From Associate Attorney Wendy Diaz…
Today, I’d like to talk about guardianships and conservatorships.
Guardianships happen when someone, either an adult or a minor, needs assistance in taking care of their financial means.
Guardianships are appointed by the court, and the person that is being taken care of is called a ward. We have a ward and a guardian.
When a minor is a ward, it is generally because one of two things are going on.
The first one is that their parents have passed away and there is an estate issue going on. The court appoints someone to insure that the estate is taken care of appropriately.
Another way a minor is a ward for a guardianship is when they are receiving proceeds from a lawsuit and the amount of money exceeds what the statute allows.
For an adult guardianship, it generally happens when the adult can’t take care of him or herself due to some sort of incapacity.
Guardianships are generally done as a last resort because the court wants to make sure that all the other options have been taken care of, because they are least restrictive. Some of those options can be a power of attorney or a healthcare proxy.
Guardianships happen in one of two ways – they can be voluntary or involuntary.
A voluntary guardianship is when the adult has some capacity, but not full capacity to be able to take care of him or herself, and they ask the court to appoint someone to take care of the things that he or she can’t take care of.
An involuntary guardianship is when the ward cannot take care of him or herself and a family member steps in and asks the court to appoint someone in order to take care of all the aspects of property, legal and health.
There are also limited guardianships and plenary guardianships (or absolute).
A limited guardianship is when the court finds that the ward is able to do some things, but not everything for self-care, and the court doesn’t have to have pre-written instructions for day-to-day activities.
A plenary, or an absolute, guardianship is where all of the legal duties of the ward are given to the guardian, and then the guardian takes care of all aspects of property, legal and healthcare, because the ward cannot take care of him or herself.
All guardianships, whether it’s for an adult or a minor, are covered under Chapter 7 of the Florida Statutes.
The situation with Britney Spears, right now, is a guardianship. I know a lot of the things in the news call this a conservatorship. She is in California; we are in Florida. It could be what they refer to as a guardianship over there. They just refer to it as a conservatorship.
A conservatorship, in the State of Florida, is similar to what Carole Baskin did. Conservatorships are when someone is taking care of the estate for someone who is absent, such as someone who is presumed dead, missing in action, mentally deranged or has some kind of mental illness where they cannot take care of him or herself.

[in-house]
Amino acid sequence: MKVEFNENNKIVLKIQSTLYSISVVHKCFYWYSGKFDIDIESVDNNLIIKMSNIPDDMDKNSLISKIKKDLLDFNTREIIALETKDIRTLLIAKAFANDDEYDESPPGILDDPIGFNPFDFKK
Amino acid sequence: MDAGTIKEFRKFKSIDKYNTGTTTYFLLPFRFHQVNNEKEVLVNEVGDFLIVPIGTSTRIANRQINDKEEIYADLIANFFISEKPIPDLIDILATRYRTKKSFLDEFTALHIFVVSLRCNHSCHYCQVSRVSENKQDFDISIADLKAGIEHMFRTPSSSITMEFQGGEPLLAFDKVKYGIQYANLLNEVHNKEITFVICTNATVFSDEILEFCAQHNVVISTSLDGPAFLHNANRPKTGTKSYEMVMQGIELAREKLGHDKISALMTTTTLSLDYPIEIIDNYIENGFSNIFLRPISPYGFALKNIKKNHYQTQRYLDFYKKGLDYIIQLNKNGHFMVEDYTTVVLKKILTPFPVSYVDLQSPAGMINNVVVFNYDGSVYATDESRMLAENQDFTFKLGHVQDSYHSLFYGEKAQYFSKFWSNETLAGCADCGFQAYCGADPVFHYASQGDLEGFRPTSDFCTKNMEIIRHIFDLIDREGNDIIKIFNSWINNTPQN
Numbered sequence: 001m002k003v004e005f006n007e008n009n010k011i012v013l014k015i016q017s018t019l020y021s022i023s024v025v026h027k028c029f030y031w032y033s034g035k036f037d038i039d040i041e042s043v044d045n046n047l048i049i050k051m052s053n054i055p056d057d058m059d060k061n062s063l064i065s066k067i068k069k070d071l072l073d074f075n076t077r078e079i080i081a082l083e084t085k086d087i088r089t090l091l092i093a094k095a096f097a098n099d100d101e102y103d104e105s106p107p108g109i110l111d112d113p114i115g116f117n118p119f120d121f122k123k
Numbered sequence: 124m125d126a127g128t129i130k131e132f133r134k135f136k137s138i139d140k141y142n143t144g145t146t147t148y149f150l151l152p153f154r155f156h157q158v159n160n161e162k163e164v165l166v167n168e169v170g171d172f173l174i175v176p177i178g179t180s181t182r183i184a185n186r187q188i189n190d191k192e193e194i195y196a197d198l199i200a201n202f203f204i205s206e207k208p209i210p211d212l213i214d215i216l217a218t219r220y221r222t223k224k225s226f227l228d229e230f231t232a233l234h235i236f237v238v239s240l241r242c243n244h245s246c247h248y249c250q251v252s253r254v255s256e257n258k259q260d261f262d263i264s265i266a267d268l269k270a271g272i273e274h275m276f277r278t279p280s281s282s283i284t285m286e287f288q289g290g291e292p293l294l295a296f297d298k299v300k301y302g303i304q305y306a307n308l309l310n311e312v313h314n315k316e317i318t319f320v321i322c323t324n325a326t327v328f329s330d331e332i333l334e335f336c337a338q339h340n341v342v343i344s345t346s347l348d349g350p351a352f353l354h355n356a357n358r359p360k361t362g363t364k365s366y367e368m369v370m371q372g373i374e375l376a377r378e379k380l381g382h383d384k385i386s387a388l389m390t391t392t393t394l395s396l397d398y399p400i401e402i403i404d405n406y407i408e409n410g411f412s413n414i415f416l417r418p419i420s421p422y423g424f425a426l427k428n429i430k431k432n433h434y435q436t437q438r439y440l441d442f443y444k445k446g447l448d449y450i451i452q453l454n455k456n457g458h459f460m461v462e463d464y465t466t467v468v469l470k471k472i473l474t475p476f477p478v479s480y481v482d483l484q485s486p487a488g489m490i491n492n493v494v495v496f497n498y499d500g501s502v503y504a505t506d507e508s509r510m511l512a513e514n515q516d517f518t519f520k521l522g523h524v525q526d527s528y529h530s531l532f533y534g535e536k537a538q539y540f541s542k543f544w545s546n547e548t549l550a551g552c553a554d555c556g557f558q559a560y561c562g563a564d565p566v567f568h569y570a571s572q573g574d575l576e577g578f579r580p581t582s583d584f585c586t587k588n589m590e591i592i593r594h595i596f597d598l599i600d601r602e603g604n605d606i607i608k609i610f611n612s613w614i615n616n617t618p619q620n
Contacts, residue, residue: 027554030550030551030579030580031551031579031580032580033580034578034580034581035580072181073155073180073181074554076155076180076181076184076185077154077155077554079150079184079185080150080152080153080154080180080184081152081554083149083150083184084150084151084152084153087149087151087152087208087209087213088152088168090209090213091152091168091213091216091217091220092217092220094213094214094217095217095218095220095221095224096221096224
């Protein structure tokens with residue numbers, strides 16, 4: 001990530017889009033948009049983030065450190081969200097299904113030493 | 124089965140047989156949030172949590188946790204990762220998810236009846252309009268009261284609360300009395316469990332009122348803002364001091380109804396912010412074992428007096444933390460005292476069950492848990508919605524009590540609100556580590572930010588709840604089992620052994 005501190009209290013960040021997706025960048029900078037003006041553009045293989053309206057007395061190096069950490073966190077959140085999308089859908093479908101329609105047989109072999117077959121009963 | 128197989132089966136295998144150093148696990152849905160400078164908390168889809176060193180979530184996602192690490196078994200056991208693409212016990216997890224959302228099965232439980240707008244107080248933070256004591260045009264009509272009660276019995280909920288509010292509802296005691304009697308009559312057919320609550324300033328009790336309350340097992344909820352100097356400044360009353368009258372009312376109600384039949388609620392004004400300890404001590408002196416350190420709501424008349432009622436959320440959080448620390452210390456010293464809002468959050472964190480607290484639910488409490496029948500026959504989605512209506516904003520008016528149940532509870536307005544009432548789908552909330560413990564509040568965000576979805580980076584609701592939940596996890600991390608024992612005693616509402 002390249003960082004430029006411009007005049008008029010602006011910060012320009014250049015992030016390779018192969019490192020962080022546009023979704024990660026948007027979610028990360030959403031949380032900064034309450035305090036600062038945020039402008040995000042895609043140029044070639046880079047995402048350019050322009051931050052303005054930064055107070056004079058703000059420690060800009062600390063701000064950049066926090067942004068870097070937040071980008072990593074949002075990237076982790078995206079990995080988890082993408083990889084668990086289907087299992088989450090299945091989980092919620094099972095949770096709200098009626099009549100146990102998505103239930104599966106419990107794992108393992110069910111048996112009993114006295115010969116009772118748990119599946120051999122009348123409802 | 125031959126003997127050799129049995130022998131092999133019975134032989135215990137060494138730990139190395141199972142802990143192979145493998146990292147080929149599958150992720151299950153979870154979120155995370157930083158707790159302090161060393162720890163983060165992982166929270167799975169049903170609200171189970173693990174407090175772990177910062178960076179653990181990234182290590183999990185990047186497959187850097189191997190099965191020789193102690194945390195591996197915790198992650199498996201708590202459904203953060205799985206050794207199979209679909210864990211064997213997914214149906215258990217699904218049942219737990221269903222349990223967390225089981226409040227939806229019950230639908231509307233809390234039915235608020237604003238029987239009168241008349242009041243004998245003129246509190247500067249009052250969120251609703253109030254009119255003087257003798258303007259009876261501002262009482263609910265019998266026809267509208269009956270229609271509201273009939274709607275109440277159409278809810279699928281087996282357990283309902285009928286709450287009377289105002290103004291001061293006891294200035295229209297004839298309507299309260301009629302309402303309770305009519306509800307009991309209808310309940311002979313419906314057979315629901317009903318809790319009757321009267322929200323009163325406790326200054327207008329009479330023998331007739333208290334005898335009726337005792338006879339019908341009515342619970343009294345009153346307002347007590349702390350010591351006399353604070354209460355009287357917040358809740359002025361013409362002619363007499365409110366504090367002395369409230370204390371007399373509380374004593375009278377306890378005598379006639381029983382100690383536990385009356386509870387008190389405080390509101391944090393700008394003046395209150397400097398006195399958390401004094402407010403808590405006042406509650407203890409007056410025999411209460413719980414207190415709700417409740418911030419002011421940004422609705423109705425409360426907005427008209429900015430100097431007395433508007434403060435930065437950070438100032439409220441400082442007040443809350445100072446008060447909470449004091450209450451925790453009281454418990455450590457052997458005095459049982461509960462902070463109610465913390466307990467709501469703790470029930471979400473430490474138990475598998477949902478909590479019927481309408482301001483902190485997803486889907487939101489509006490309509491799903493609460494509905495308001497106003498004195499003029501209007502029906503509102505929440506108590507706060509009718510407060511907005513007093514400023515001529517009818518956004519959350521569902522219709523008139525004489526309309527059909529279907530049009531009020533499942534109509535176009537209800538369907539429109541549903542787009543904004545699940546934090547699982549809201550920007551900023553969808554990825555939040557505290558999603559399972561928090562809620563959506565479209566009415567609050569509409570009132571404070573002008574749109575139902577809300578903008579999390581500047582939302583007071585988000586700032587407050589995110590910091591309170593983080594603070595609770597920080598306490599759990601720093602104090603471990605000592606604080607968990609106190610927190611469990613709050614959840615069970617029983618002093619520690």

Under Florida law, if you’re a member of the armed services, in order for a family member to ask for conservatorship, they would have to prove that the service member is missing in action, captured by the enemy, or they are detained or besieged in a neutral country.
In order for the part to show the court why they should be the conservator, they have to show that, if the person is deceased, they would have an estate interest, they would need financial support from the absentee and they meet the legal definition of an absentee in Chapter 747 in Florida Statutes.
They also have to show a description of the circumstances where the absentee person went missing. For example, Carole Baskin had to show the court how or why her husband may have gone missing and the circumstances of why he may have gone missing.
Secondly, a potential conservator would have to show the reasons why the petitioner should be appointed, whether there’s a relationship or whether it’s a familial relationship or a business relationship.
Lastly, the person would have to show all of the absentee’s property that would be in estate, anything that would go to probate, the potential conservator would have to show the court everything that the absentee owns and everything they would like to take care of until the absentee shows up or until the court presumes the person to be dead.
In both guardianships and conservatorships, a guardian ad litem is appointed.
A guardian ad litem tends to be an attorney (doesn’t have to be, but in most places is), and that person’s sole job is to make sure that the interests of the ward are met. They don’t necessarily represent that person as their attorney, but they do make sure that their interests are protected and taken care of.
In Britney Spears’ situation, the guardian in this case is her father. She’s wanting to remove her father. In Carole Baskin’s case, she did become the guardian of that conservatorship, and was able to retain the property of the Cat Rescue that she and her husband owned at the time.
So, that’s the difference between guardianships and conservatorships.
Just as a brief recap, for guardianships, the person is here. It could be a minor or an adult. They are just somewhat incapacitated and they just need some help. For a conservatorship, the person is just deemed missing, and family and friends want to make sure that their affairs, in regards to property and legal, are taken care of.